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A fragment of the Freedom Charter Memorial in Kliptown, Soweto. Photo by Christine Gronberg.
By Christine Gronberg
Exhausted and slightly embarrassed, three of us rush through the old courtyard and into the lobby of the guesthouse where the group was scheduled to meet five minutes earlier. Everyone else is already seated on the couches and soft chairs, so we hurriedly choose spots on the wooden floor and turn our attention to the speaker we came to hear.
Claire Collins is the focus of all eyes in the room. Even sitting, she is taller than the rest of us. She is introduced by a close friend and member of our group, Janie Ward, a Simmons professor of education and Africana studies.
Born in Durban in the 1980s, Collins remains loyal to her hometown, calling it the most African city within South Africa. She would know, too. She has done her fair share of traveling.
When she was 18, Collins visited the United States and worked as a nanny in western Massachusetts. She later found herself studying economics and political science at Gordon College in Wenham, a quaint New England town on the North Shore of Massachusetts.
After graduation Collins returned to South Africa, but this time she lived in Cape Town. Seven years later, following her dream to be a doctor, she came to Johannesburg to study at Witwatersrand University, It is here that our paths cross.
Collins is kind enough to share her experience of being a young South African girl during the last years of Apartheid. We listen raptly.
The story of how she became aware of her place in South Africa's arcane racial hierarchy starts in her home: Mr. Collins was against racial classification of any kind and had brought up his children as South Africans, not as "colored people," and tried to protect them from the stereotypes that went along with that label. But at school it was a bit different.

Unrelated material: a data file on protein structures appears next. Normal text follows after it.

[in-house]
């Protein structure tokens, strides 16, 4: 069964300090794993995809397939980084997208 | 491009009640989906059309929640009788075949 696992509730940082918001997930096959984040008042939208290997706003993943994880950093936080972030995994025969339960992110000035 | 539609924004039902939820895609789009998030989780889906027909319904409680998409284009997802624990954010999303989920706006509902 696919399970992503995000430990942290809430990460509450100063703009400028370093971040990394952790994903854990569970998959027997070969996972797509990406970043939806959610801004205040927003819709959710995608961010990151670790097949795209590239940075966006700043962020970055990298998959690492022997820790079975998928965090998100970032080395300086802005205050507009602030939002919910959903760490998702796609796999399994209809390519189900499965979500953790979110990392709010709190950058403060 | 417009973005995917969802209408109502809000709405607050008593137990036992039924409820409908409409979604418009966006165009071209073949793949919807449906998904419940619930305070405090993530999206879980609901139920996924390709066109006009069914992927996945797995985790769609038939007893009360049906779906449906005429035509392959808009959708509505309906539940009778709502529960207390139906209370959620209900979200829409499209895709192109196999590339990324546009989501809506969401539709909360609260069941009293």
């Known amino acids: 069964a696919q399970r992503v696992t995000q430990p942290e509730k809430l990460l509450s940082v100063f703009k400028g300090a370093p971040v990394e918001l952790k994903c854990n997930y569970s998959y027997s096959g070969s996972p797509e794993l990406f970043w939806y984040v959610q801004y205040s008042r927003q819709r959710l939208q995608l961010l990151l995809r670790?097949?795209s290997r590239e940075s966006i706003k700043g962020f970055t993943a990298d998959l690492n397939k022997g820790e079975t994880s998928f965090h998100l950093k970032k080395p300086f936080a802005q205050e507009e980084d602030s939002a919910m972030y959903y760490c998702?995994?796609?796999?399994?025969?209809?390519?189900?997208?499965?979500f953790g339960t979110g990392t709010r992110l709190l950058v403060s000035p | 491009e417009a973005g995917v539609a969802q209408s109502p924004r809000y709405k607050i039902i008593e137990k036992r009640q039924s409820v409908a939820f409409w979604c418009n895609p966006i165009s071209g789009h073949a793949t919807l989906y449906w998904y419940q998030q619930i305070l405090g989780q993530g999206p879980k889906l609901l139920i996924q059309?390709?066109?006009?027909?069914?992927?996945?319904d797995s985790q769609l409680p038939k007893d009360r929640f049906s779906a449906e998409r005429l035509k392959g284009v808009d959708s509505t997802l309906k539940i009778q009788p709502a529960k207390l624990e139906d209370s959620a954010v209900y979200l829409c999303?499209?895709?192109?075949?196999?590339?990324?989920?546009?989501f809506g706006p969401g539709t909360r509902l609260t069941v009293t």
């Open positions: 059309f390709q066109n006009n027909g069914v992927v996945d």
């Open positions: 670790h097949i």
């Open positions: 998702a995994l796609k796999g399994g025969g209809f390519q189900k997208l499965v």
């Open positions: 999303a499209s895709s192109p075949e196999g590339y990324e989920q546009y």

A class project required the students in Claire's class to list the races in South Africa. and list the characteristics of each one. Then they were to form groups around the room according to their own race and discuss the benefits or obstacles of that classification.
Claire was in 3rd grade. As an eight year old, she did not quite understand. She says she knew her skin was not light enough to be white nor dark enough to be black and she knew she was not Indian. That left only one category: "colored."
She says she continued to sit in her chair as she worked through all the categories to make sure she didn't miss anything that would help in this moment of confusion.
The teacher walked up to her and asked why she wasn't in a group and Collins answered it was because she did not know which was the right one. The teacher proceeded to tell her to join the colored group of children. That was her first experience with race and the beginning of her understanding of Apartheid and its stark, all-encompassing divisions.
Collins learned the meaning of being "colored" [mixed race] at age eight, whereas I learned the meaning of being white at age 20.
We visited the Apartheid Museum on our second day in South Africa. Before entering, we were given tickets that arbitrarily classify us as white or non-white, and we had to use the appropriate entrance. This caused some discomfort throughout the group in the midst of nervous laughter as we tried unsuccessfully to lighten the situation.
I received a ticket that labeled me "white." Entering the museum, we could see the opposite groups through the metal cages that separated the whites entrance from the non-whites. The enclosed, unfriendly and harsh space made it impossible to feel ok with the separation.
Looking at my classmates on the other side, the classmates that only 25 years ago would have had to go through the faux-scientific process of classification, I felt disgusted. Disgusted at the world for the animalistic treatment of human beings. Disgusted at myself for being privileged. Disgusted at the very idea of being "white."
As South Africa and the rest of the world come to terms with racial equality, discrimination will gradually become a thing of the past--something that we read about in history books and look back thinking of how far we have come. It cannot happen too soon.